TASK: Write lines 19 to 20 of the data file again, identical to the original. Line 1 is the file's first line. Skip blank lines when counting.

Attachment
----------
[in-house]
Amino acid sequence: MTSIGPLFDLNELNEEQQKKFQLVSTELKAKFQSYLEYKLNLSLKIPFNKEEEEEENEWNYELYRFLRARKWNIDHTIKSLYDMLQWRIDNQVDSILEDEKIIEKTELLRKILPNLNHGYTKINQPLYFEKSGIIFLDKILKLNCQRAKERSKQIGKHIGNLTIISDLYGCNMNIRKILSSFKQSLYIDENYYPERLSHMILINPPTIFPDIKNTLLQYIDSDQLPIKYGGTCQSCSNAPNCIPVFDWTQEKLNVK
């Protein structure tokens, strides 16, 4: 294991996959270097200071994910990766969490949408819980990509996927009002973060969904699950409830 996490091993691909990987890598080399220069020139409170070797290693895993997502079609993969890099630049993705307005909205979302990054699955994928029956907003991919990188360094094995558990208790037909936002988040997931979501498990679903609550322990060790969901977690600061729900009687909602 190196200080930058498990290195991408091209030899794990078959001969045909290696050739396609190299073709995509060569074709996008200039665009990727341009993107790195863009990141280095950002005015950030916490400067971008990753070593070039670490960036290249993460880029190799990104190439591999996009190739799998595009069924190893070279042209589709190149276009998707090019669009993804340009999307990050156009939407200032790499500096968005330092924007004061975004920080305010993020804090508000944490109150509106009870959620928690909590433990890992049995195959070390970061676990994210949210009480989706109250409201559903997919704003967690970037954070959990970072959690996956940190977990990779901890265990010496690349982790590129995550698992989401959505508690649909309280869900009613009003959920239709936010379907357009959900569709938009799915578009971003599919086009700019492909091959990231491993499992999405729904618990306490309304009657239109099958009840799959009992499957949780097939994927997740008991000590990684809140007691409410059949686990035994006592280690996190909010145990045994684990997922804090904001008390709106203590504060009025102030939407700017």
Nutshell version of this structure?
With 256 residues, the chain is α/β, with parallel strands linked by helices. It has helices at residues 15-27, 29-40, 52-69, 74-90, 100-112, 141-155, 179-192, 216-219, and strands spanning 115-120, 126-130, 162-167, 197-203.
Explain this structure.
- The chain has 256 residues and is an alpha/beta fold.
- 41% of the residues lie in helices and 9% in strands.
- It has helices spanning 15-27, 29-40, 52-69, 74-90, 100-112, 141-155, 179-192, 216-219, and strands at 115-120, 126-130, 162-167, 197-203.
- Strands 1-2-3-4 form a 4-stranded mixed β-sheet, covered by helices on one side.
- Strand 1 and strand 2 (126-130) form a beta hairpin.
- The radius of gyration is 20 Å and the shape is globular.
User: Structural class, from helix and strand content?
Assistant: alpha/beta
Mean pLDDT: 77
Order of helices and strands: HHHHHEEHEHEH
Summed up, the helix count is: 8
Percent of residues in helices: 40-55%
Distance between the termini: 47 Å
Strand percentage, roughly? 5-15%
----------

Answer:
Distance between the termini: 47 Å
Strand percentage, roughly? 5-15%